Name: Soliloquy of a Small Town Uncivil Servant
Author: K K Srivastava
Publisher: Rupa Publication
The civil services exam or the IAS is the most coveted service in the country and is eyed by lakhs of young men and women in the country every year. With the 2019 results having been declared early last month and the prelims for the next session scheduled in June, UPSC is the talk of the town now.
Soliloquy of A Small Town Uncivil Servant by K K Srivastava who joined Indian Audit & Accounts Service in 1983 and is currently working as Director General in the Office of the Comptroller & Auditor General of India, New Delhi, sheds light on the real life as a civil servant breaking myths of the lal batti and introducing readers to the ground realities of government service in India.
“Power has its own anatomy, its own patterns. Everywhere it is the same. Either in the real or imagined world.”
As the title suggests, the book is like a soliloquy where it seems that the author is addressing himself while reminiscing the past. The book talks about various taboos like casteism at the highest level of bureaucracy, regionalism, etc. The language flows like poetry. I have a feeling that it might remind some readers of the English August.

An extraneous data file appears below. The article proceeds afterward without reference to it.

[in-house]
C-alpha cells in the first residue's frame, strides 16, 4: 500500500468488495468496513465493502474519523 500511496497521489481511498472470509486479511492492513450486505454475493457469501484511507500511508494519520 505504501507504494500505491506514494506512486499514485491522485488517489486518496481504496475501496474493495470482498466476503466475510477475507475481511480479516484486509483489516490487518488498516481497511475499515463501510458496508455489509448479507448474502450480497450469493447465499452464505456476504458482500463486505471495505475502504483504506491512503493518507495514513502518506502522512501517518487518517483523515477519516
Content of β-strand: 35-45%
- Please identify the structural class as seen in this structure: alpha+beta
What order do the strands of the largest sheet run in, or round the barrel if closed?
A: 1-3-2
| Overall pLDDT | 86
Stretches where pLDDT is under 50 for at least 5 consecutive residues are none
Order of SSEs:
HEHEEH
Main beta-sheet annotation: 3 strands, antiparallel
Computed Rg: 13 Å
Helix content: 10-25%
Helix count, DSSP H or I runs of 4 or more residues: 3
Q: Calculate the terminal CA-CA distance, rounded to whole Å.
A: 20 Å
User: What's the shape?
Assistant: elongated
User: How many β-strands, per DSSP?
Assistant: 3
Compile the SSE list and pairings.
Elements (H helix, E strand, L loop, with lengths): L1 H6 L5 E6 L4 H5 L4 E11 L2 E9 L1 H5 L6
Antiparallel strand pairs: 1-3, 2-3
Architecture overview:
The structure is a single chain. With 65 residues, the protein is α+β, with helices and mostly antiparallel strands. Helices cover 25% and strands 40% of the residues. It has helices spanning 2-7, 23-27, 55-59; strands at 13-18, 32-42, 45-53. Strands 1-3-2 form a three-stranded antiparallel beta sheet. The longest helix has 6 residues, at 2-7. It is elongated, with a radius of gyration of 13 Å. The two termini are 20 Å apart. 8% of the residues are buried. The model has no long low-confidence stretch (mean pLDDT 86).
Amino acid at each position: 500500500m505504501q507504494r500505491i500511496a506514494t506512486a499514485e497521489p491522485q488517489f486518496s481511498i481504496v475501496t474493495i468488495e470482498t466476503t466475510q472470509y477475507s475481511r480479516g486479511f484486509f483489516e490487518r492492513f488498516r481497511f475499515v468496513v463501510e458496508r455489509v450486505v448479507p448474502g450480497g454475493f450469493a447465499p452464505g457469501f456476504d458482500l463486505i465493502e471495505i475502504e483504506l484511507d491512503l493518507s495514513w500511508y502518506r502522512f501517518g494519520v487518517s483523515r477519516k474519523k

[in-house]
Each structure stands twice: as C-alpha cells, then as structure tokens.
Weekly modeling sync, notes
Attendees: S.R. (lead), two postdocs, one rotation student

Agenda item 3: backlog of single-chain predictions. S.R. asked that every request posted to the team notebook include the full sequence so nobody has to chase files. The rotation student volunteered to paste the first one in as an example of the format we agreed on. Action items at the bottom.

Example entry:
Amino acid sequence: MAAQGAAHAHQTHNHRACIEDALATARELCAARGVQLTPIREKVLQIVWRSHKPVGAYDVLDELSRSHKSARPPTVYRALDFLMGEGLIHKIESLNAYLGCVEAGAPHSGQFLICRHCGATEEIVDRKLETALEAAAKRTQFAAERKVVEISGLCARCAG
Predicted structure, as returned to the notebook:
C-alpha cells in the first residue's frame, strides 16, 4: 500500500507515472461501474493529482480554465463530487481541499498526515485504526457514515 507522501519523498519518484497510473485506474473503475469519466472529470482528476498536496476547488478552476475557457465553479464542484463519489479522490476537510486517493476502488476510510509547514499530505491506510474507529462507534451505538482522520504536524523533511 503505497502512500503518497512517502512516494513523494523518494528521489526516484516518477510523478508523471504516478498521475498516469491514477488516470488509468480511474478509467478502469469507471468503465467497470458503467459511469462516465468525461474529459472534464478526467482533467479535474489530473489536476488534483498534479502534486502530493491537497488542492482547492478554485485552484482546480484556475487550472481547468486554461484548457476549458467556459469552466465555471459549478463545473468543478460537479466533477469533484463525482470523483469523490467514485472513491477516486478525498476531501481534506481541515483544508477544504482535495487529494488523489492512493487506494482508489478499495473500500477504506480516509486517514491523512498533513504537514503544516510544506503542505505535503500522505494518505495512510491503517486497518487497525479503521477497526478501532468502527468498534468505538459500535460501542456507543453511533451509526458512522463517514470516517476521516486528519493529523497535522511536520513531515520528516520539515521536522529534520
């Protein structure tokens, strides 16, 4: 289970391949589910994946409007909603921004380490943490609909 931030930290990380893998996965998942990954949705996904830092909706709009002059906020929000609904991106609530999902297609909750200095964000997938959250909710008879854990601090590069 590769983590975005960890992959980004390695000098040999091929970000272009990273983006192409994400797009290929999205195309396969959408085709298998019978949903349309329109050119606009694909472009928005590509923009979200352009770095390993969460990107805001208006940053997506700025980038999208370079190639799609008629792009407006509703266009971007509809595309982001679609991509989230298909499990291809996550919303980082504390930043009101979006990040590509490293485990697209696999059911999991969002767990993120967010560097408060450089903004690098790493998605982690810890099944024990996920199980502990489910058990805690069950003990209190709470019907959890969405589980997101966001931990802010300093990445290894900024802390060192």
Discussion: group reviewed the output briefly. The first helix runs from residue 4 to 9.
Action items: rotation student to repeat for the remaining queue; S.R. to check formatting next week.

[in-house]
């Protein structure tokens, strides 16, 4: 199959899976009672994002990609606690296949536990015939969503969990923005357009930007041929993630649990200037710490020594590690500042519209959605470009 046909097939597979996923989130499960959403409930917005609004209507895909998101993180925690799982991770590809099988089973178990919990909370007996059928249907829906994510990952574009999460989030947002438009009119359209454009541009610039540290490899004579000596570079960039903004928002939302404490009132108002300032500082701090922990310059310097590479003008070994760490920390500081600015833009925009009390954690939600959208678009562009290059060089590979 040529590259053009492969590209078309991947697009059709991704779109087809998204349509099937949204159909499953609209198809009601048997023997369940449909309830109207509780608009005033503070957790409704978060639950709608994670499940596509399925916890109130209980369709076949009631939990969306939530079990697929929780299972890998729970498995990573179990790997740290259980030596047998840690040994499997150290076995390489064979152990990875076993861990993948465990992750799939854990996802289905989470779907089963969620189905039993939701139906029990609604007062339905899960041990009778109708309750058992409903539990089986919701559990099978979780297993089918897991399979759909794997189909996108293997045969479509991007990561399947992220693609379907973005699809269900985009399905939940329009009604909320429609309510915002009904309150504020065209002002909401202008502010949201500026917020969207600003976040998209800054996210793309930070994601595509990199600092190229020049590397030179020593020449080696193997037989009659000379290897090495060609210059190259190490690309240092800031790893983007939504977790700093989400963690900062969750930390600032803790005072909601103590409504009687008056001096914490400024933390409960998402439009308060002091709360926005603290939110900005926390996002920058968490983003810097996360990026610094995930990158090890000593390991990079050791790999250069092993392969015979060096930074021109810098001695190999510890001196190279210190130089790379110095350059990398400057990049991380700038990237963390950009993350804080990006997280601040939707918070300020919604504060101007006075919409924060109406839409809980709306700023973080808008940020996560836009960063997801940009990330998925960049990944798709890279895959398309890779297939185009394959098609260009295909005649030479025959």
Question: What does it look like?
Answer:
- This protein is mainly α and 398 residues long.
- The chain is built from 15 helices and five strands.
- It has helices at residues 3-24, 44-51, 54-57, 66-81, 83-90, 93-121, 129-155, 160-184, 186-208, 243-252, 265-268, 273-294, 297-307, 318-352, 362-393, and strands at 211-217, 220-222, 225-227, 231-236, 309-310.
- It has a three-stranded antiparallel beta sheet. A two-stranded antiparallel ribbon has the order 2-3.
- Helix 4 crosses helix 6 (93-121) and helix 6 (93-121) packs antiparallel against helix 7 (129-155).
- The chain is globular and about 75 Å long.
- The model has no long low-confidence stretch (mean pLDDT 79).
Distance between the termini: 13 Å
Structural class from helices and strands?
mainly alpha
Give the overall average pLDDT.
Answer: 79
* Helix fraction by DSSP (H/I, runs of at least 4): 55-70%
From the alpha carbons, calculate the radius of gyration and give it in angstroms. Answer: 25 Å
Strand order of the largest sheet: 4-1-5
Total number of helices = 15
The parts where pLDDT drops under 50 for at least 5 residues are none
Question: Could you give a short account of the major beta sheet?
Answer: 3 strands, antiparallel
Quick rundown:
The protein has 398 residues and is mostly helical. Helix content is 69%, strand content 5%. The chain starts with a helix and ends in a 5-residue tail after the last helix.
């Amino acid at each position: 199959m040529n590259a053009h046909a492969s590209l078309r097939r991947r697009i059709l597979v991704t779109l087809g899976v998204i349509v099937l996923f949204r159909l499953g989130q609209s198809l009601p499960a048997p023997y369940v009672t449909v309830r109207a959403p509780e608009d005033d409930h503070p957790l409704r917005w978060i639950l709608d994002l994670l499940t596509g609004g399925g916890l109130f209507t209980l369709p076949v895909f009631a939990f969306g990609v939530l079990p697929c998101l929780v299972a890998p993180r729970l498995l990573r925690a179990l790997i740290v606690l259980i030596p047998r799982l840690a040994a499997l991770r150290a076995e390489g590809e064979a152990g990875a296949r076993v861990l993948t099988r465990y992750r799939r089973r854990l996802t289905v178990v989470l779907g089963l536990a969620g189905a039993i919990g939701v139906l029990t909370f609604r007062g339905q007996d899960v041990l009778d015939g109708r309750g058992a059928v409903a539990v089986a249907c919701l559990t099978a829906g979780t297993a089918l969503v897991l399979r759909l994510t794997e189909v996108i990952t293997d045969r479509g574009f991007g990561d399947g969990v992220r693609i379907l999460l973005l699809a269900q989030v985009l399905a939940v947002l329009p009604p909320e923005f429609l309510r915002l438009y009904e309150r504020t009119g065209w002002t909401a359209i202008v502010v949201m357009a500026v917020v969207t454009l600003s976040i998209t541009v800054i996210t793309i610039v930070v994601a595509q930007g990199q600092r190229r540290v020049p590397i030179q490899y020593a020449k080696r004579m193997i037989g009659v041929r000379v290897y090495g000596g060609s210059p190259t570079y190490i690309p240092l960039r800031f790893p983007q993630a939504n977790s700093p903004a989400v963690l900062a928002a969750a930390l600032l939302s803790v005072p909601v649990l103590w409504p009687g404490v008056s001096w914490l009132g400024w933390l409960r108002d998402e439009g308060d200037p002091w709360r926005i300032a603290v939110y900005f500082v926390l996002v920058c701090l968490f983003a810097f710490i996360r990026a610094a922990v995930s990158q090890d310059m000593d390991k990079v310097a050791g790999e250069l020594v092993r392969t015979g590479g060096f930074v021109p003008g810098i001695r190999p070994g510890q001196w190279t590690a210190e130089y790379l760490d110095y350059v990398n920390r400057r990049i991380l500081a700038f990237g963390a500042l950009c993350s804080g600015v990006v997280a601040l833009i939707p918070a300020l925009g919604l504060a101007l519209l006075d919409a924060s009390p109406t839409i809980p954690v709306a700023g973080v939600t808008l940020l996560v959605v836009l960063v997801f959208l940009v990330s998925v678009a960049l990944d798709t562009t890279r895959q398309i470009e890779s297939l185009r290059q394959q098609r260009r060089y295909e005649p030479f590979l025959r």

At times, the author’s intention seems to be to befuddle readers. A contrary sort of fellow, as least from the evidence of this book, K. K. doesn’t want to be too easily or too quickly understood. He wants to provoke reflection, thought and cerebral interaction.
Civil service aspirants might be disappointed reading the book because life after all won’t be as flashy and idealistic after joining the services. However, this memoir or “semi-autobiographical” piece of work as the author refers to it, will be of use to understand the service better and work for those who really want to serve the nation but also has some touch with the ground reality.